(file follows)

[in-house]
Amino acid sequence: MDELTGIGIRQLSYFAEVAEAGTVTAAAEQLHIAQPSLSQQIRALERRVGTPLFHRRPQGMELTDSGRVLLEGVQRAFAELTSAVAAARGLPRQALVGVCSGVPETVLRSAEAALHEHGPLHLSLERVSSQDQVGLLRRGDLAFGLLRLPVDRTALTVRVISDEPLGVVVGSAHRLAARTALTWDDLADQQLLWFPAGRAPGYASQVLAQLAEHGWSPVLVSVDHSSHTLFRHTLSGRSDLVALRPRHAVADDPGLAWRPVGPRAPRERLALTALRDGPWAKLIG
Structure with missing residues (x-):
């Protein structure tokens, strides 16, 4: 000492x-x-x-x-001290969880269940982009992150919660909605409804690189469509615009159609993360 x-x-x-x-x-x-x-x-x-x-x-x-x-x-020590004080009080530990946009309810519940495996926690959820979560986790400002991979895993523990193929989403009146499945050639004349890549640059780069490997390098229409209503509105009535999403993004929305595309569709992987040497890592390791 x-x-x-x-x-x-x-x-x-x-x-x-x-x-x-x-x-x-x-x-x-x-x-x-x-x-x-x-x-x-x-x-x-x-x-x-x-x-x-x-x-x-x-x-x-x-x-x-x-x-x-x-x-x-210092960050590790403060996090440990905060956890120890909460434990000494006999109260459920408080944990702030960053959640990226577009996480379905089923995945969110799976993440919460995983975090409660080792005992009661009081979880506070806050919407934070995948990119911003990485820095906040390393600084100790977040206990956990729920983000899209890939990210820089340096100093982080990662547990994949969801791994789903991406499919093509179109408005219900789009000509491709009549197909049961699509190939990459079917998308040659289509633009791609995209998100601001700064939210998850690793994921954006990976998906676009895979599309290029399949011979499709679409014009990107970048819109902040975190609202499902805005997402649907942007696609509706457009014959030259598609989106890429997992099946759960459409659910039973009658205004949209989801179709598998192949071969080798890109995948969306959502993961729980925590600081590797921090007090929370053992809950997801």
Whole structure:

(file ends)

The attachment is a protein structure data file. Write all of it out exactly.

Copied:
[in-house]
Amino acid sequence: MDELTGIGIRQLSYFAEVAEAGTVTAAAEQLHIAQPSLSQQIRALERRVGTPLFHRRPQGMELTDSGRVLLEGVQRAFAELTSAVAAARGLPRQALVGVCSGVPETVLRSAEAALHEHGPLHLSLERVSSQDQVGLLRRGDLAFGLLRLPVDRTALTVRVISDEPLGVVVGSAHRLAARTALTWDDLADQQLLWFPAGRAPGYASQVLAQLAEHGWSPVLVSVDHSSHTLFRHTLSGRSDLVALRPRHAVADDPGLAWRPVGPRAPRERLALTALRDGPWAKLIG
Structure with missing residues (x-):
């Protein structure tokens, strides 16, 4: 000492x-x-x-x-001290969880269940982009992150919660909605409804690189469509615009159609993360 x-x-x-x-x-x-x-x-x-x-x-x-x-x-020590004080009080530990946009309810519940495996926690959820979560986790400002991979895993523990193929989403009146499945050639004349890549640059780069490997390098229409209503509105009535999403993004929305595309569709992987040497890592390791 x-x-x-x-x-x-x-x-x-x-x-x-x-x-x-x-x-x-x-x-x-x-x-x-x-x-x-x-x-x-x-x-x-x-x-x-x-x-x-x-x-x-x-x-x-x-x-x-x-x-x-x-x-x-210092960050590790403060996090440990905060956890120890909460434990000494006999109260459920408080944990702030960053959640990226577009996480379905089923995945969110799976993440919460995983975090409660080792005992009661009081979880506070806050919407934070995948990119911003990485820095906040390393600084100790977040206990956990729920983000899209890939990210820089340096100093982080990662547990994949969801791994789903991406499919093509179109408005219900789009000509491709009549197909049961699509190939990459079917998308040659289509633009791609995209998100601001700064939210998850690793994921954006990976998906676009895979599309290029399949011979499709679409014009990107970048819109902040975190609202499902805005997402649907942007696609509706457009014959030259598609989106890429997992099946759960459409659910039973009658205004949209989801179709598998192949071969080798890109995948969306959502993961729980925590600081590797921090007090929370053992809950997801």
Whole structure: